Trump’s Indictment Is Not “Selective Prosecution”

Trump’s Indictment Is Not “Selective Prosecution”

Trump’s Indictment Is Not “Selective Prosecution”

The American judicial system is frequently guilty of overreach. This isn’t one of those times.


With news network helicopters hovering overhead, Trump’s motorcade made its way south through Manhattan on Monday, toward his long-awaited arrest and arraignment. Trump was, however begrudgingly, arriving in court to surrender himself to the judicial process and to hear details of the 34 felony counts that Manhattan District Attorney Alvin Bragg was charging him with. Ever the self-promoter, Trump has seized the moment and refashioned himself as the outlaw ex-and-maybe-future president, the gangster folk hero, the desperado taking on the maleficent forces of the overweening state, the revolutionary so fearsome that the state has to resort to a show trial to shut him up.

It’s a given that the upcoming trial will be a theatrical spectacle, an exercise in the absurd, not unlike the trial of the Chicago Eight more than a half-century ago. Trump might not share any of the politics of the Chicago defendants, but, consummate showman that he is, he’s almost certainly aware of the antics of its central protagonists. He is today seeking to make the courthouse and the media interest in the trial his stage, as did Abbie Hoffman and Jerry Rubin in Chicago in 1969. Even Trump’s demands—after his arraignment—that Congress defund the Justice Department and the FBI, seem like the sort of flamboyant, designed-to-trigger-a-reaction statement that Yippie founder Hoffman might have made.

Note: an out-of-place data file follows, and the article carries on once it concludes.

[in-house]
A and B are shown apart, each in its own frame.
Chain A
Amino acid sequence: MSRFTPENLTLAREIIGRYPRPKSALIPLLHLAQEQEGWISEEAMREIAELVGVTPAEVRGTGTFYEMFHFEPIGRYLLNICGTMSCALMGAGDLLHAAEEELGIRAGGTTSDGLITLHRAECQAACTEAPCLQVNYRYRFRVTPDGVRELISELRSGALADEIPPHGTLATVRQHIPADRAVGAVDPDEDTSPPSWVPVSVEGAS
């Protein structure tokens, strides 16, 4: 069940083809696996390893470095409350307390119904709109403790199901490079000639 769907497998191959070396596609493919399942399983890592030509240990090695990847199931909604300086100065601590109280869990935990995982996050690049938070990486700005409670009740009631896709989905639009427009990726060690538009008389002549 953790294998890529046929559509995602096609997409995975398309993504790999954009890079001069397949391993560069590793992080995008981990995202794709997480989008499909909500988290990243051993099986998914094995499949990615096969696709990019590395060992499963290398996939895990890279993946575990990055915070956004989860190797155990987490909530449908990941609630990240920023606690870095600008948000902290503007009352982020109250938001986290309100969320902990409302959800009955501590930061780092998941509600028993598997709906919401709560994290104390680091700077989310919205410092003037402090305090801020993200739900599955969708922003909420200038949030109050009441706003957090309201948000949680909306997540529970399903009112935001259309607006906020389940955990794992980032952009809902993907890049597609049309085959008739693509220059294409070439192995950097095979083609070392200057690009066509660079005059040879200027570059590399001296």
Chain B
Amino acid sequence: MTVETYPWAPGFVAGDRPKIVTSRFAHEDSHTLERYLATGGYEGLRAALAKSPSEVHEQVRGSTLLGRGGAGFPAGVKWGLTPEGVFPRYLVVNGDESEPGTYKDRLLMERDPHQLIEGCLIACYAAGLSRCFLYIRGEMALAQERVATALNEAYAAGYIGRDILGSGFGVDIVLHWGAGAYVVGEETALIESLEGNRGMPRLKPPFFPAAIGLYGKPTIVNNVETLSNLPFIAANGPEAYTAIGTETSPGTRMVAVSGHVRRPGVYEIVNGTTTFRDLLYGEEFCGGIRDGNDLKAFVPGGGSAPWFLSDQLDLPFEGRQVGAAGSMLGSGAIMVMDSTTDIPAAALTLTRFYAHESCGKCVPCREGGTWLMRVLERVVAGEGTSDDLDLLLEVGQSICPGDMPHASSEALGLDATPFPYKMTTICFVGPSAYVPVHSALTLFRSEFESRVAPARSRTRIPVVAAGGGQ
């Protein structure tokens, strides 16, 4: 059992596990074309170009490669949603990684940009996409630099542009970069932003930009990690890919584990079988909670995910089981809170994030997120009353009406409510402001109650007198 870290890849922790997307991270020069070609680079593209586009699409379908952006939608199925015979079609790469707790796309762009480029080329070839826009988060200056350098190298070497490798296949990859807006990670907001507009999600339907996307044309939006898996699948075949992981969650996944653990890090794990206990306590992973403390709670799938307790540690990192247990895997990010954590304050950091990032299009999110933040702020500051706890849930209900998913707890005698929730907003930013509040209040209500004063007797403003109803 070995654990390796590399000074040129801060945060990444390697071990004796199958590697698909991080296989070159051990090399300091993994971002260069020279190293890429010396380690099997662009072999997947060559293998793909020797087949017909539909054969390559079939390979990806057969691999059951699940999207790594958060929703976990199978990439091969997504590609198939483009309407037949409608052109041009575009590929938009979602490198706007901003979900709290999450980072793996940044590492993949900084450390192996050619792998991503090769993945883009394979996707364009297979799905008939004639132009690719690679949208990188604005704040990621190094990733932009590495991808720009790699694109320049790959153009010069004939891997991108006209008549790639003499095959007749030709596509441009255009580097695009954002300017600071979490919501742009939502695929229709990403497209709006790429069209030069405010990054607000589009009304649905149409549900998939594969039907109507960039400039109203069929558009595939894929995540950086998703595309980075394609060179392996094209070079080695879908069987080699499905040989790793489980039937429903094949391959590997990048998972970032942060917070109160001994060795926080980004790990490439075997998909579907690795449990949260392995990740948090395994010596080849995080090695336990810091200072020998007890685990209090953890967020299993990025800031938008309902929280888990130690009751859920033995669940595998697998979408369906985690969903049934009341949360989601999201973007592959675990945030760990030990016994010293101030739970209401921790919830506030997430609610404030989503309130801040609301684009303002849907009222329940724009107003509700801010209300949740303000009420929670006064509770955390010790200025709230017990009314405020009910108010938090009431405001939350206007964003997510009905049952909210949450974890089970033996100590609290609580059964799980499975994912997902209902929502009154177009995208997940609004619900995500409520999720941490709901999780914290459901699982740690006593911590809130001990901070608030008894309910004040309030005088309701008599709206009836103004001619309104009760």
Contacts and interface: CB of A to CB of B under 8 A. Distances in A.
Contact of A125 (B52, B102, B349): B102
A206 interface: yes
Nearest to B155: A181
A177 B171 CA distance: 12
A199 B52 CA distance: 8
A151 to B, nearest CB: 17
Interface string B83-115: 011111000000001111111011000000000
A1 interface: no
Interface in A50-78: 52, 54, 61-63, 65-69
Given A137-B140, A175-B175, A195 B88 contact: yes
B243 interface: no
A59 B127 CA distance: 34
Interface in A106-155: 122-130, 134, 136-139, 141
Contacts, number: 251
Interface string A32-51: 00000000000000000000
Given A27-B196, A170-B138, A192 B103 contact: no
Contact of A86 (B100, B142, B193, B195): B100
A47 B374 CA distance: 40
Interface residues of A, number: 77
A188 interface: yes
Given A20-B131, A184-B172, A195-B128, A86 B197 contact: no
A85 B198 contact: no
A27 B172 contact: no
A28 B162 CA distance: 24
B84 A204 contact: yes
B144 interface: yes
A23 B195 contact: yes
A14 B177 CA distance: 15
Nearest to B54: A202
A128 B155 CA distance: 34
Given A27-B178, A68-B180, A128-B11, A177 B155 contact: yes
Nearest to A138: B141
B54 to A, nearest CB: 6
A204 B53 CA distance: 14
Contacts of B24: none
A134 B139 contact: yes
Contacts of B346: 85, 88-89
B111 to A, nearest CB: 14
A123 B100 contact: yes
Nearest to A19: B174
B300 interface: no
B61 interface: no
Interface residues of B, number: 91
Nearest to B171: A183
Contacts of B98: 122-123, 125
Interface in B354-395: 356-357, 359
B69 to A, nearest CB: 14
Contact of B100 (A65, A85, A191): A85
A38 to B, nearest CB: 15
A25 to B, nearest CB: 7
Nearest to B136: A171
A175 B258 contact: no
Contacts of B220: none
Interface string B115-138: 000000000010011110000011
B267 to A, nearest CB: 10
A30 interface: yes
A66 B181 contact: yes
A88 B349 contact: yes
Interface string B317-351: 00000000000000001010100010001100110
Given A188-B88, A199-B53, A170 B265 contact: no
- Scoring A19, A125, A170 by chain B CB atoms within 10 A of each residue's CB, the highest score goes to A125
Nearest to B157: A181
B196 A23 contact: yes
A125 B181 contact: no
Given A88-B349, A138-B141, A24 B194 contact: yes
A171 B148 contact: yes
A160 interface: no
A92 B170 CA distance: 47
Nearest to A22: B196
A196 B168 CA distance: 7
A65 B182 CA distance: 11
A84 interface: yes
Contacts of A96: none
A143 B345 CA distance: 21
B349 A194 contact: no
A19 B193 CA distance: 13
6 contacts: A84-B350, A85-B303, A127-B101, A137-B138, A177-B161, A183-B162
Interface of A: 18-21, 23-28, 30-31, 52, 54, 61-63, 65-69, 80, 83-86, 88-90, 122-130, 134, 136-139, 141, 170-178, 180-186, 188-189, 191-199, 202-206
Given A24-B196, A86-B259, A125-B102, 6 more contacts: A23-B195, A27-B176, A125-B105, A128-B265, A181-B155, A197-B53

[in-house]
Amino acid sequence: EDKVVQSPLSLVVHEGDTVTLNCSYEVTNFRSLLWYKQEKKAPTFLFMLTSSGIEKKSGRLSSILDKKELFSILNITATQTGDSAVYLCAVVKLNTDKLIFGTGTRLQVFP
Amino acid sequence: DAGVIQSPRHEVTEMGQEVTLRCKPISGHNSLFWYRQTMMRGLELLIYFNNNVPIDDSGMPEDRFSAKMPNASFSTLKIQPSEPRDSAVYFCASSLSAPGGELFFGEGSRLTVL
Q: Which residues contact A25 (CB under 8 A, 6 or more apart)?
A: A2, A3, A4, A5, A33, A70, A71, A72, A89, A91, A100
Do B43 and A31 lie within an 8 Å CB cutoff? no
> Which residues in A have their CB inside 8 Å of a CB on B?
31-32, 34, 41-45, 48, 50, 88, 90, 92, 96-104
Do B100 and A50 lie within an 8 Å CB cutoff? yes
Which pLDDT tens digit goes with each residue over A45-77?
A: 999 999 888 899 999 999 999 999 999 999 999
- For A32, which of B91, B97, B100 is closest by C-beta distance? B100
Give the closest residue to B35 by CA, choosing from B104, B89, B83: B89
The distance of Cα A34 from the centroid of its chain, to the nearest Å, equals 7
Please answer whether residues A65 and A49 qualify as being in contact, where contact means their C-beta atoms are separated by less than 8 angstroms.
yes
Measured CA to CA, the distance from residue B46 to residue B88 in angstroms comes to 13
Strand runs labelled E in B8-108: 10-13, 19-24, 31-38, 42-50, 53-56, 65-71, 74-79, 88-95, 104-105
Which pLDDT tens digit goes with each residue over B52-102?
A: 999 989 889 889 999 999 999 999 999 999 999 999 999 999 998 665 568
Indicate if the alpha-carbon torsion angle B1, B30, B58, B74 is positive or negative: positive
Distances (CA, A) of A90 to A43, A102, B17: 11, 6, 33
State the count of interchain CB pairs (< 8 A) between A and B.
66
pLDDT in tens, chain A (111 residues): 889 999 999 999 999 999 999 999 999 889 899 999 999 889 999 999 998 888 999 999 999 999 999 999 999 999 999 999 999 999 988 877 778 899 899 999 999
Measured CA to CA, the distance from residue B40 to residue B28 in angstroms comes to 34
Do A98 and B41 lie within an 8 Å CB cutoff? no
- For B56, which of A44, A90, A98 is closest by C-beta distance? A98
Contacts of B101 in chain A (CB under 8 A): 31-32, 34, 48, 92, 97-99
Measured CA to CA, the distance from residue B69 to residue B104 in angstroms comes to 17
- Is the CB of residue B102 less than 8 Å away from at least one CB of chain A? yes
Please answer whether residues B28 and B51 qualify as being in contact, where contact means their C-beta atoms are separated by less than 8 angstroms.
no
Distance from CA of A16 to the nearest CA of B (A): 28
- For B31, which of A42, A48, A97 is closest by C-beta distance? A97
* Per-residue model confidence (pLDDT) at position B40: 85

Trump’s efforts to undermine the legitimacy of the court proceedings have not fallen on deaf ears. The core argument that the GOP, at Trump’s relentless urging, is coalescing around—that even Mitt Romney, the party’s most consistent Trump critic, seems to have bought into—is that DA Bragg was elected by Democratic voters (true), that he has a “radical” agenda (irrelevant), and that this is a selective prosecution and an illegitimate, even unprecedented, “weaponization” of the justice system (untrue).

DAs are, because of the US system of electing top law enforcement and judicial personnel, inherently political. There’s nothing new or surprising about that. DAs always have had a degree of discretion as to which charges to pursue and which cases to devote resources to. When rules are broken, DAs have always had the ability to pursue the toughest charges they can. It’s just that, on the whole, they tend to do this against people with far less visibility and resources than Trump has.

More than a quarter-century ago, with California caught up in a relentless tough-on-crime moment and thousands of low-end offenders being sentenced to life in prison on three-strikes-and-you’re-out charges, I began work on my first book, Hard Time Blues. It was about how then-Governor Pete Wilson had used the tough-on-crime issue to win reelection, and it was also about the life of Billy Ochoa, one of the first people to be sentenced under the new law.